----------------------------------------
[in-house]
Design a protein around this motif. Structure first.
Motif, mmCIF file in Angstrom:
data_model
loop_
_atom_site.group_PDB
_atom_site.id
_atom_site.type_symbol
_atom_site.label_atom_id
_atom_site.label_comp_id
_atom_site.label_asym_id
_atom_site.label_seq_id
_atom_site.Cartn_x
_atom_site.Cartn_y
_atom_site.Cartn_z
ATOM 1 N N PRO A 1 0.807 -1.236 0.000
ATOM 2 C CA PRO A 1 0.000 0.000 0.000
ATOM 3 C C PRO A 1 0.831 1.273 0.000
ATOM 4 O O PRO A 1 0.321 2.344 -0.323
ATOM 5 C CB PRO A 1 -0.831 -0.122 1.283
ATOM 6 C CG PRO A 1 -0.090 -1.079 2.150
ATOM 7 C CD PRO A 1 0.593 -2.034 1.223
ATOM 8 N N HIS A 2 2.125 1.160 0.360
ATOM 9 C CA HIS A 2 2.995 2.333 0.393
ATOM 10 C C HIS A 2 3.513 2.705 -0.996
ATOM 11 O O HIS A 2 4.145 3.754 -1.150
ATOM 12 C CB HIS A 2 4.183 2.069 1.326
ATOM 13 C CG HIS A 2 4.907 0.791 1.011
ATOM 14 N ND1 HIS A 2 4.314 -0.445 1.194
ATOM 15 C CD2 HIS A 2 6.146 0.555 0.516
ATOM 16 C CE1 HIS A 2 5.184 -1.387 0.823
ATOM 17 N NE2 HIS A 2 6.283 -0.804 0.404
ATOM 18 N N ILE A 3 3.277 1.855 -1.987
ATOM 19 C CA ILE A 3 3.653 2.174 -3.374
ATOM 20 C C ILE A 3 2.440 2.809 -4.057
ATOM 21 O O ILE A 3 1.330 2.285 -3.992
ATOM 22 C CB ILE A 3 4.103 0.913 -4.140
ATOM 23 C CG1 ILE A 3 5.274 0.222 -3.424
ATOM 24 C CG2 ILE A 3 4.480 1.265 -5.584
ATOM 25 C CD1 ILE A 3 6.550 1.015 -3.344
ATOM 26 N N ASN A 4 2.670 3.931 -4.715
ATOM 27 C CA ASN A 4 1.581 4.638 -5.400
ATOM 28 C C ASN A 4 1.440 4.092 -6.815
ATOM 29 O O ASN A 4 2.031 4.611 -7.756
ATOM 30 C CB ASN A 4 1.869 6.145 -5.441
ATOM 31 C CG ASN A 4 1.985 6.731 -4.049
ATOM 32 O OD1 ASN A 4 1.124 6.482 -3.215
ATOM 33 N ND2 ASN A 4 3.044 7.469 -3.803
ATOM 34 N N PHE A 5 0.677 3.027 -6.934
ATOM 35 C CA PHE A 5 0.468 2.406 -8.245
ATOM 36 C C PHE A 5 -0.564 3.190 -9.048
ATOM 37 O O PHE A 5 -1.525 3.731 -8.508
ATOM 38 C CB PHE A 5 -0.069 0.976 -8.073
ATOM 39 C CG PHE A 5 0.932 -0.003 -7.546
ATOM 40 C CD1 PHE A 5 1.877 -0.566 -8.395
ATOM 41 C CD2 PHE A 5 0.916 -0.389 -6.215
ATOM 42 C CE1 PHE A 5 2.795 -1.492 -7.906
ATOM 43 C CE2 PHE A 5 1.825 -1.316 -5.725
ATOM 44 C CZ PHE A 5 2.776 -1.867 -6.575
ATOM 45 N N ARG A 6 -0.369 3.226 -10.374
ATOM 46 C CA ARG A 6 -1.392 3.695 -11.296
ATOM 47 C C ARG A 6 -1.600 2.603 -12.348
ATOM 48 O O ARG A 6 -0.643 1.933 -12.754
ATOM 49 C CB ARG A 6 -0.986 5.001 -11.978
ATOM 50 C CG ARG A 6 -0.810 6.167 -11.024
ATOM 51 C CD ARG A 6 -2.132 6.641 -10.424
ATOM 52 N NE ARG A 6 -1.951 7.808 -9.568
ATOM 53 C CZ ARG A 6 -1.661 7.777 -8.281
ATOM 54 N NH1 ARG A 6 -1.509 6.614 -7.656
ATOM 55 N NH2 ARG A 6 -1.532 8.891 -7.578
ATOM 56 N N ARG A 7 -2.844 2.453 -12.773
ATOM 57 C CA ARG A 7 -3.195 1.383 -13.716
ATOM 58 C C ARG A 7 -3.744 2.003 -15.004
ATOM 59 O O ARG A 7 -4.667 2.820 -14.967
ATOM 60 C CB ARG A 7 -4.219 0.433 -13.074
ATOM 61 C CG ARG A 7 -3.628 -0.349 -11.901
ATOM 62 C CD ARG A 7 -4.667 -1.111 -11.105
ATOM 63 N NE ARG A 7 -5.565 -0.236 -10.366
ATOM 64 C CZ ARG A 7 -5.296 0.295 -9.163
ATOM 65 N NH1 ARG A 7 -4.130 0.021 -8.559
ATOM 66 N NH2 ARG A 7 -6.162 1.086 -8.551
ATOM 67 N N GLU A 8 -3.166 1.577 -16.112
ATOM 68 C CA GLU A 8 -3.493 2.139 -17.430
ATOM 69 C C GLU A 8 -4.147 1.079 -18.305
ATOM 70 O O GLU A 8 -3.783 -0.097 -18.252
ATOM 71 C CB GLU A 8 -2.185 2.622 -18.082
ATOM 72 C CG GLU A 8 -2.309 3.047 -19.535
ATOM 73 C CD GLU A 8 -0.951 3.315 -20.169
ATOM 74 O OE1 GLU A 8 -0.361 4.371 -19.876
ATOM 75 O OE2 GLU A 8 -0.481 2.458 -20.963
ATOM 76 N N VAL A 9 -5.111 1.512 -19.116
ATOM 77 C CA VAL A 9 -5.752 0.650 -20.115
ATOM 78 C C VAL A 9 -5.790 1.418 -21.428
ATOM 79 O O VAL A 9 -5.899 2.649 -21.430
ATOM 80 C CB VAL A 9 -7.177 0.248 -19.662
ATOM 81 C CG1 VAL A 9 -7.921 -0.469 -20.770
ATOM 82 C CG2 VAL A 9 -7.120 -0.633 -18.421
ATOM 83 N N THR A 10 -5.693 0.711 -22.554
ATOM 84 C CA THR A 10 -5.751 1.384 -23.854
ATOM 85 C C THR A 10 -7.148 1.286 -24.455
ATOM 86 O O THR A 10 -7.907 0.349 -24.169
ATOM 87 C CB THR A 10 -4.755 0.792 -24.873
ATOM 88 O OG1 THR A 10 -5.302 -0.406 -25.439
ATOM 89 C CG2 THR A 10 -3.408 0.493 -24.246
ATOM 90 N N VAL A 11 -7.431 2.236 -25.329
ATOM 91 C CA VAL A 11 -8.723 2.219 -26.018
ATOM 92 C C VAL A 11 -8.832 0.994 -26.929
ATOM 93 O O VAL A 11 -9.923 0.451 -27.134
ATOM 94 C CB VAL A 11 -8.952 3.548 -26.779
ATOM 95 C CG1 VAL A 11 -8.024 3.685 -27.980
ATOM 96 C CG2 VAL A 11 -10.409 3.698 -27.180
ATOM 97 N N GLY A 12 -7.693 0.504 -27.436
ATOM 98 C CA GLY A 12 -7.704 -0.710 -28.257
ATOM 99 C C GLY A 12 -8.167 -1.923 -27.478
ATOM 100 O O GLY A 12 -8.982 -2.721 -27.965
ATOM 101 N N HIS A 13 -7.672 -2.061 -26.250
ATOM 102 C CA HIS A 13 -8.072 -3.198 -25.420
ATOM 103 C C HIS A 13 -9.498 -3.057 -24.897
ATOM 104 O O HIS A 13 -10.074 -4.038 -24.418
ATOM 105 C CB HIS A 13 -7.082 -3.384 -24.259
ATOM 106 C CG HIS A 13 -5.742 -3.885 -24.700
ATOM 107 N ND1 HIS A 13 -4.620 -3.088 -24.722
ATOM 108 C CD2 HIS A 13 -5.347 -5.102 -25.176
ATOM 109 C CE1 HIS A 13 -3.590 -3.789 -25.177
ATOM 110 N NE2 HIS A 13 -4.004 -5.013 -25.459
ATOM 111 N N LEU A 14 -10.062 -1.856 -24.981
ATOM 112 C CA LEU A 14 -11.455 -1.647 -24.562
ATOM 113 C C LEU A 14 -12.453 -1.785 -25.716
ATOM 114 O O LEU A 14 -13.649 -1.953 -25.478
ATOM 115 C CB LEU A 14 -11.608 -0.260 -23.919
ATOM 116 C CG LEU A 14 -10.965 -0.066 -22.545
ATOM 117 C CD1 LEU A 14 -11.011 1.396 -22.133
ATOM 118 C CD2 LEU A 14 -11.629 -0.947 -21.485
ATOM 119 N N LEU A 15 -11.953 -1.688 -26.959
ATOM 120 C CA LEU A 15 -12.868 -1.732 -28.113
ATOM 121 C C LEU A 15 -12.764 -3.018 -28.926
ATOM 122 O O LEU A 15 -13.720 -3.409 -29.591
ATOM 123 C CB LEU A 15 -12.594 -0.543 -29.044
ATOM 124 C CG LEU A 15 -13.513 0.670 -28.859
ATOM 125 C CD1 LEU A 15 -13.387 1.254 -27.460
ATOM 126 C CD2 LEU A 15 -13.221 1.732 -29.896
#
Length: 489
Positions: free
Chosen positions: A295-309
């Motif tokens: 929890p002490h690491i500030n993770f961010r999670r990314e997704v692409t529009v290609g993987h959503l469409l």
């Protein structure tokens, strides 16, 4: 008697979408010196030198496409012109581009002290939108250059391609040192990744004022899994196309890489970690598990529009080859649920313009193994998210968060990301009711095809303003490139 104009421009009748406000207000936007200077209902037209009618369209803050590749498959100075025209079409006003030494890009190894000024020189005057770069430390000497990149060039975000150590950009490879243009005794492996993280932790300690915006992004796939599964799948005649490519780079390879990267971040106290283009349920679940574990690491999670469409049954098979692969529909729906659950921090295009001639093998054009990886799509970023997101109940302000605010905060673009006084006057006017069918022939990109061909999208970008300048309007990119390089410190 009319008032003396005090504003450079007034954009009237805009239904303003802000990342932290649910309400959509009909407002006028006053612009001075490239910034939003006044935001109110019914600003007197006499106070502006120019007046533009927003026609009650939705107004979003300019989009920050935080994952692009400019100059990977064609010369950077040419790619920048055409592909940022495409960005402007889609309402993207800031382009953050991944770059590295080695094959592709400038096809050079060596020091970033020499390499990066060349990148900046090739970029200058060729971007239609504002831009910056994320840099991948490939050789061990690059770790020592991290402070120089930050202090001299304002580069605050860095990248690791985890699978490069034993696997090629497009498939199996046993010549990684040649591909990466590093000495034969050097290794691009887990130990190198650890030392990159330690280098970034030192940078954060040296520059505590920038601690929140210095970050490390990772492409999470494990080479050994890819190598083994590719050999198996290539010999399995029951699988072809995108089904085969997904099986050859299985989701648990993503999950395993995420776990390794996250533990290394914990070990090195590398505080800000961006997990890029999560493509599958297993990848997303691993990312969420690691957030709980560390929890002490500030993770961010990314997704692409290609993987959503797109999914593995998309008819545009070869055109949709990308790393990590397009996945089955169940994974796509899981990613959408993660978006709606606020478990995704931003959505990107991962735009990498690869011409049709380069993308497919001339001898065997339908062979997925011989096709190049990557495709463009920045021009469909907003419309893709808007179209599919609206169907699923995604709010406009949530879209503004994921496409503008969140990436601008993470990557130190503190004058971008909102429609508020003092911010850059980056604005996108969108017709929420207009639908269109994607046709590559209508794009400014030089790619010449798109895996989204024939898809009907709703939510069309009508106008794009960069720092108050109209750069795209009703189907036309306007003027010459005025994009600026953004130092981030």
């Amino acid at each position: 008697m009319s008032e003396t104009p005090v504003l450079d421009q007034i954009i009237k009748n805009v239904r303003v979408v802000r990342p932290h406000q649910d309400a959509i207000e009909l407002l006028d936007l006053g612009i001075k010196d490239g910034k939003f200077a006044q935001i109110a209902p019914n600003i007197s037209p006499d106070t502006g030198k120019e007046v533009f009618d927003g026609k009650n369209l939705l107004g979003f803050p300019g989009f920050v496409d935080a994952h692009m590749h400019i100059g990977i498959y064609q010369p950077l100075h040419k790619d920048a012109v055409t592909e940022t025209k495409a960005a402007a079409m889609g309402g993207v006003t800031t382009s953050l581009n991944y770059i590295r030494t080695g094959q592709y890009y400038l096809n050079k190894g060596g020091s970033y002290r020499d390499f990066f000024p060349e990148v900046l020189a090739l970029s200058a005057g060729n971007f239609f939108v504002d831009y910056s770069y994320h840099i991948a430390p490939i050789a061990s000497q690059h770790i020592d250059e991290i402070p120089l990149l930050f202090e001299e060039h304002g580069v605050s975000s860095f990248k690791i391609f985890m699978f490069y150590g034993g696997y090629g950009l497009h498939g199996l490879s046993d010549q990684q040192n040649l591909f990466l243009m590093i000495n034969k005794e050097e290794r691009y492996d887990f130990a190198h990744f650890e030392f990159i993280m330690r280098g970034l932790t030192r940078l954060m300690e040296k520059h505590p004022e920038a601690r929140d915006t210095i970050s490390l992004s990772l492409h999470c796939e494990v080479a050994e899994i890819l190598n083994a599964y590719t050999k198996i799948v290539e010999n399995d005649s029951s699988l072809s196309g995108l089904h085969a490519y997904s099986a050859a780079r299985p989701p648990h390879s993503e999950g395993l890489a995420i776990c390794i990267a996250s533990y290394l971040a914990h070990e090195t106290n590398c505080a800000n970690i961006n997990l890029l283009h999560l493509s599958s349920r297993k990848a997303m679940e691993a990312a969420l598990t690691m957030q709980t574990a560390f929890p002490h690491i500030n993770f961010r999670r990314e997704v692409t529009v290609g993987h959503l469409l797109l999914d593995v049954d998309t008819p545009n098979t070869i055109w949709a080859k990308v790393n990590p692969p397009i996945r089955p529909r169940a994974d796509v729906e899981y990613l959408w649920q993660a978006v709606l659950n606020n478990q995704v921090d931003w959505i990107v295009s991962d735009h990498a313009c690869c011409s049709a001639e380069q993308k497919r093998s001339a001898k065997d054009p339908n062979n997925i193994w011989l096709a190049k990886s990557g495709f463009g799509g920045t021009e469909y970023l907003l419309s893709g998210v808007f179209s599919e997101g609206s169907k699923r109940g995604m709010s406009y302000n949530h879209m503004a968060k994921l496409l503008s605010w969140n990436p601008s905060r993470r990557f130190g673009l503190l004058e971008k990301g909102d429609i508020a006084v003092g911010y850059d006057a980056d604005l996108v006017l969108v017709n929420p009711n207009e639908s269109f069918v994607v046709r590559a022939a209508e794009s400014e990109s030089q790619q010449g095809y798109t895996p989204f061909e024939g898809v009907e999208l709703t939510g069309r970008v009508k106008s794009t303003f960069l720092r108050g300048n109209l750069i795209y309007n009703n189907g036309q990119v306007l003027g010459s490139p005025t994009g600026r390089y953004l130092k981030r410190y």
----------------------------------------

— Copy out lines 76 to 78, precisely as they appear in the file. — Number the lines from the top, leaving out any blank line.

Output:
ATOM 61 C CG ARG A 7 -3.628 -0.349 -11.901
ATOM 62 C CD ARG A 7 -4.667 -1.111 -11.105
ATOM 63 N NE ARG A 7 -5.565 -0.236 -10.366